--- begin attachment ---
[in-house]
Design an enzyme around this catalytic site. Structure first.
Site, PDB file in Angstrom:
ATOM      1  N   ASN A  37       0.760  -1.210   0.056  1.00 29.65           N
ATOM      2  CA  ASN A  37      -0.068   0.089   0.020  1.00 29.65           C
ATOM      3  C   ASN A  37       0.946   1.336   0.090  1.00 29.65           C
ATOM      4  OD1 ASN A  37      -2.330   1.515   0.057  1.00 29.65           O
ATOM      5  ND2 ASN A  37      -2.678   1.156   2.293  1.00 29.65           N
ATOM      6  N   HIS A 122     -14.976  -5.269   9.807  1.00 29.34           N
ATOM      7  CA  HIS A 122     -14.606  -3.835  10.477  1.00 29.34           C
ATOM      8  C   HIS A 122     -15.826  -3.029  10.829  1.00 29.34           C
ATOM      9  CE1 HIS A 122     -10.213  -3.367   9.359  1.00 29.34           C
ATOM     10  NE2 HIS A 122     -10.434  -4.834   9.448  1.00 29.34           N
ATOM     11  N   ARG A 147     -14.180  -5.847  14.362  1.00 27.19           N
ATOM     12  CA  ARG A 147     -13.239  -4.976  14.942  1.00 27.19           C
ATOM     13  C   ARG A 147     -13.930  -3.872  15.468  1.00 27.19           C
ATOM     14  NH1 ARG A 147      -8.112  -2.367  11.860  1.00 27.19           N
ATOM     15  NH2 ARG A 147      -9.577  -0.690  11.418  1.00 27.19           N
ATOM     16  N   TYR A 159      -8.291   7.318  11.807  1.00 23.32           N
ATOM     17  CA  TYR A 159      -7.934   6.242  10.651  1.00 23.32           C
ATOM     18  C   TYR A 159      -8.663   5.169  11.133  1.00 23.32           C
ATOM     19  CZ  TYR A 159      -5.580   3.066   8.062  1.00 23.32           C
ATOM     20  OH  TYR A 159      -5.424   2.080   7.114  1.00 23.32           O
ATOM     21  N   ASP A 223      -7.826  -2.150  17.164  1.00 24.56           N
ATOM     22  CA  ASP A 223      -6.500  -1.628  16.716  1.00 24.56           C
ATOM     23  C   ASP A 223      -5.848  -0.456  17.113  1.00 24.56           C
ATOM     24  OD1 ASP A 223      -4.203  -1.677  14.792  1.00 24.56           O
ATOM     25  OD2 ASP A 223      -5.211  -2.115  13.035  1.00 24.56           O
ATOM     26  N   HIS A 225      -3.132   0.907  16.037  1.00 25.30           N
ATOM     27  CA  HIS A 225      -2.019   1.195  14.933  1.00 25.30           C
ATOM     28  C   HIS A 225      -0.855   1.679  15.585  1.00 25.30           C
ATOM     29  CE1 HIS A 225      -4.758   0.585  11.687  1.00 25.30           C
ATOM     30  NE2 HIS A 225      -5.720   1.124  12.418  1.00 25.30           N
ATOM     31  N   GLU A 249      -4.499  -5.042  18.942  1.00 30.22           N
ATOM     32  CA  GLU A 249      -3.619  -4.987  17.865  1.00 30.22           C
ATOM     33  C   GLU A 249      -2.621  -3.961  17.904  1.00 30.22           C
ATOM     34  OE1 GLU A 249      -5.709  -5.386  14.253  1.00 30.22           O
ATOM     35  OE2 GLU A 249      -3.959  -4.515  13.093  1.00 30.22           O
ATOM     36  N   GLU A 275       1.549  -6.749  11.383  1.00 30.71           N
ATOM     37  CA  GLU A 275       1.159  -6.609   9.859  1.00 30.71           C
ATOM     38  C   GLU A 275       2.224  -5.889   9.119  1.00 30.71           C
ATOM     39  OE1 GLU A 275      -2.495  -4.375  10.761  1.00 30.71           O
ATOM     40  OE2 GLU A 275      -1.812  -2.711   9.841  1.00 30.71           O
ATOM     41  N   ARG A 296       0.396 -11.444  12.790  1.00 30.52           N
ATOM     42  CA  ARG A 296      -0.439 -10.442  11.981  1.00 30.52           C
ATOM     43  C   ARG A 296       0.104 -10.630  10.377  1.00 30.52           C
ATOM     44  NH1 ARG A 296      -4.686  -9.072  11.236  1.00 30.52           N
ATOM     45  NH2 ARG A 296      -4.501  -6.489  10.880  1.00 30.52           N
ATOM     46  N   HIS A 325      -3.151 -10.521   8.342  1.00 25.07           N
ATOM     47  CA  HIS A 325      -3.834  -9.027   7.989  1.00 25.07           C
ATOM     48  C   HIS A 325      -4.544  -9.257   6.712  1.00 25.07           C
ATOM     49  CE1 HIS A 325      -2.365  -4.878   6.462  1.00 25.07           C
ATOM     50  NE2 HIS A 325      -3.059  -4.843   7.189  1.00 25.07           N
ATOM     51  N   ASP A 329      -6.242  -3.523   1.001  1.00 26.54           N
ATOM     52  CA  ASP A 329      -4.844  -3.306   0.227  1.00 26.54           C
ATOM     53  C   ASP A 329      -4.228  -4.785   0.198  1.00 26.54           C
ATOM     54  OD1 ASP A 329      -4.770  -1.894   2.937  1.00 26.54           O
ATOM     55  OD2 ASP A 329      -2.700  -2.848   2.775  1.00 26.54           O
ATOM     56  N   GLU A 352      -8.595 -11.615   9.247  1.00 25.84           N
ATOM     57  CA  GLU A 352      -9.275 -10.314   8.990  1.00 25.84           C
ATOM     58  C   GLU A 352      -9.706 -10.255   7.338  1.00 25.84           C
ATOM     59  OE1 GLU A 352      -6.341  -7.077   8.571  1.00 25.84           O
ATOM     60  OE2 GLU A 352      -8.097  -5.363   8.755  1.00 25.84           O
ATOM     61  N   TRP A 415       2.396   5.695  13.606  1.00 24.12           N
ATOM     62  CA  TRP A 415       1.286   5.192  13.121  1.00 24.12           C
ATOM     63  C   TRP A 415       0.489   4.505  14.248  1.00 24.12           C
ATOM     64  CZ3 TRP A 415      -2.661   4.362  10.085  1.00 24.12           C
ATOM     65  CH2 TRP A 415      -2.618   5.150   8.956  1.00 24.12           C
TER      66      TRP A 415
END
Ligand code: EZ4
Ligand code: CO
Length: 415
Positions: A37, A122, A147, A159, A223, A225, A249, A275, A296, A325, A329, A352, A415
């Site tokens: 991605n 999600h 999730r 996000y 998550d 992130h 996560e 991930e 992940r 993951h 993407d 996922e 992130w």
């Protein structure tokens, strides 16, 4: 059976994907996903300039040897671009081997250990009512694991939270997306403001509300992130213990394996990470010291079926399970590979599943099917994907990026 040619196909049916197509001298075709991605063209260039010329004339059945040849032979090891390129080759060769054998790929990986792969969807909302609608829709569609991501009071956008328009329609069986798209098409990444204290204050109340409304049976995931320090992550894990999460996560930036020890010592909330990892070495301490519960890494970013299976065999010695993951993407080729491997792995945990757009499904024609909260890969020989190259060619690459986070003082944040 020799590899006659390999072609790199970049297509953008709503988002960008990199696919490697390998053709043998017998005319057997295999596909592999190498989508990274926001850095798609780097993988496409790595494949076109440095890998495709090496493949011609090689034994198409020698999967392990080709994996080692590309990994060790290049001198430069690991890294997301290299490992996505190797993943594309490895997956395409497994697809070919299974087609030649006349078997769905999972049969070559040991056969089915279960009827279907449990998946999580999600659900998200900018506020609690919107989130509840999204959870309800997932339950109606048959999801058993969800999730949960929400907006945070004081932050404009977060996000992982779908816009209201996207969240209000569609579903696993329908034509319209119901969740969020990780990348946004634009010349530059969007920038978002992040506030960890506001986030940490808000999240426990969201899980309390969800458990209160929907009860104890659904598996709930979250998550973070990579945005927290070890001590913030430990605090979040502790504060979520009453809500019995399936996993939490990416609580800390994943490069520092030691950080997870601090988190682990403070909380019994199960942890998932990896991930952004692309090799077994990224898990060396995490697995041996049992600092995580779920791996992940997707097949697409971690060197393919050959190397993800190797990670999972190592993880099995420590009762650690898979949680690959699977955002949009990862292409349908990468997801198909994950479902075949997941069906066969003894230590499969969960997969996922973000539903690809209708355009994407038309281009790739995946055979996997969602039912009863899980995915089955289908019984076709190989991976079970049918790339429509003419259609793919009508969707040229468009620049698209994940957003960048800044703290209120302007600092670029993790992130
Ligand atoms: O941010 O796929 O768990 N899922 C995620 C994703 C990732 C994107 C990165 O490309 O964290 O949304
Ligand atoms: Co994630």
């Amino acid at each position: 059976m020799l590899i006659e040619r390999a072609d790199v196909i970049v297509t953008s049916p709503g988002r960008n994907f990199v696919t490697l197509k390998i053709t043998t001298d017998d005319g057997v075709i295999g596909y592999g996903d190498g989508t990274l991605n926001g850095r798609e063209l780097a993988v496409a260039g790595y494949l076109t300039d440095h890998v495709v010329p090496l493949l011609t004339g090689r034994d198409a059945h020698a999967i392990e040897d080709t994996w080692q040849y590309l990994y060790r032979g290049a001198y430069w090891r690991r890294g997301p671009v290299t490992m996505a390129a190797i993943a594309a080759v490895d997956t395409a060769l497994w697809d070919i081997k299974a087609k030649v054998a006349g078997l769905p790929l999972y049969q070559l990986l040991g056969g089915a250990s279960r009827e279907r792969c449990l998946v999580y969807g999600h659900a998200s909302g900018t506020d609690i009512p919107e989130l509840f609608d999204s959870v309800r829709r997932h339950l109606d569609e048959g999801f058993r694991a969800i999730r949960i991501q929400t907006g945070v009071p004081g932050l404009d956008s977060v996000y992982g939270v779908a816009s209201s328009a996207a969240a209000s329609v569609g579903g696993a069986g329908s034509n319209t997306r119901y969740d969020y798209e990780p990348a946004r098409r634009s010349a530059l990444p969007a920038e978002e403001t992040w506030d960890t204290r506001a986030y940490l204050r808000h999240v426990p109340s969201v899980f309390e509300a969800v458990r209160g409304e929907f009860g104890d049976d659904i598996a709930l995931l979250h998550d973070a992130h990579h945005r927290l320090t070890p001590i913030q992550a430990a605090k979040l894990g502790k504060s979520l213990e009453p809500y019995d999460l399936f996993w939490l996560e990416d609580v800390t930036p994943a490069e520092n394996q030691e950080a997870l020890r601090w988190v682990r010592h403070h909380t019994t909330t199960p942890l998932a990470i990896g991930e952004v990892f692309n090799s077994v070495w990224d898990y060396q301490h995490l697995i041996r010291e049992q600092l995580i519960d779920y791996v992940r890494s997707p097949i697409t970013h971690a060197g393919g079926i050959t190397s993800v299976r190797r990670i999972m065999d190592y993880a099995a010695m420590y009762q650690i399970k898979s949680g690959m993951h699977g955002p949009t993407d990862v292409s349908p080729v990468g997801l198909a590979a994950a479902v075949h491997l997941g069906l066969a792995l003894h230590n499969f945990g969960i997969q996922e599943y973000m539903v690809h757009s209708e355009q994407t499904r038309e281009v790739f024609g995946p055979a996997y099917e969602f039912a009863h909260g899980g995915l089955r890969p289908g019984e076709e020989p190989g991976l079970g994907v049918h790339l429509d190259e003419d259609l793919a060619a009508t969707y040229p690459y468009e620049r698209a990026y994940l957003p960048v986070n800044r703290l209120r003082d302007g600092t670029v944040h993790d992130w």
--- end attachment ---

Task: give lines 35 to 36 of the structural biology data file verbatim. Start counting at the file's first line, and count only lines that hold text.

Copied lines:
ATOM     32  CA  GLU A 249      -3.619  -4.987  17.865  1.00 30.22           C
ATOM     33  C   GLU A 249      -2.621  -3.961  17.904  1.00 30.22           C